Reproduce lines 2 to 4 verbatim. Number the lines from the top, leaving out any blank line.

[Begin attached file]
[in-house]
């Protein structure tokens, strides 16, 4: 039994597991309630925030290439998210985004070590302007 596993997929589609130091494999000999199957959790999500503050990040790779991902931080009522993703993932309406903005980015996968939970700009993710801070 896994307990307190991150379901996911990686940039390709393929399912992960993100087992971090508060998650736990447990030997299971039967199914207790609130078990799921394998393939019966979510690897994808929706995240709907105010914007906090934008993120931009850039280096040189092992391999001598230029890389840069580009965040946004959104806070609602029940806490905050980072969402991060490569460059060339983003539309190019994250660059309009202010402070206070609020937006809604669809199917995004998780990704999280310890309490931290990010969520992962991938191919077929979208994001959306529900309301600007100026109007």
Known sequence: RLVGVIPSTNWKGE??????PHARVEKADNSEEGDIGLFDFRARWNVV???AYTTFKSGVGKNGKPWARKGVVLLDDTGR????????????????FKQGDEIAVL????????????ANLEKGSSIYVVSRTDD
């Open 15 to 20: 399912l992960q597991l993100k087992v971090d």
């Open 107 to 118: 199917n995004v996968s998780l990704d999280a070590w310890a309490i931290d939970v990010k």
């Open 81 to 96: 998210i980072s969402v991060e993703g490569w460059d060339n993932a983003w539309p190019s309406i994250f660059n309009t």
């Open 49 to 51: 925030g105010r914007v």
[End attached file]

């Protein structure tokens, strides 16, 4: 039994597991309630925030290439998210985004070590302007 596993997929589609130091494999000999199957959790999500503050990040790779991902931080009522993703993932309406903005980015996968939970700009993710801070 896994307990307190991150379901996911990686940039390709393929399912992960993100087992971090508060998650736990447990030997299971039967199914207790609130078990799921394998393939019966979510690897994808929706995240709907105010914007906090934008993120931009850039280096040189092992391999001598230029890389840069580009965040946004959104806070609602029940806490905050980072969402991060490569460059060339983003539309190019994250660059309009202010402070206070609020937006809604669809199917995004998780990704999280310890309490931290990010969520992962991938191919077929979208994001959306529900309301600007100026109007």
Known sequence: RLVGVIPSTNWKGE??????PHARVEKADNSEEGDIGLFDFRARWNVV???AYTTFKSGVGKNGKPWARKGVVLLDDTGR????????????????FKQGDEIAVL????????????ANLEKGSSIYVVSRTDD
């Open 15 to 20: 399912l992960q597991l993100k087992v971090d």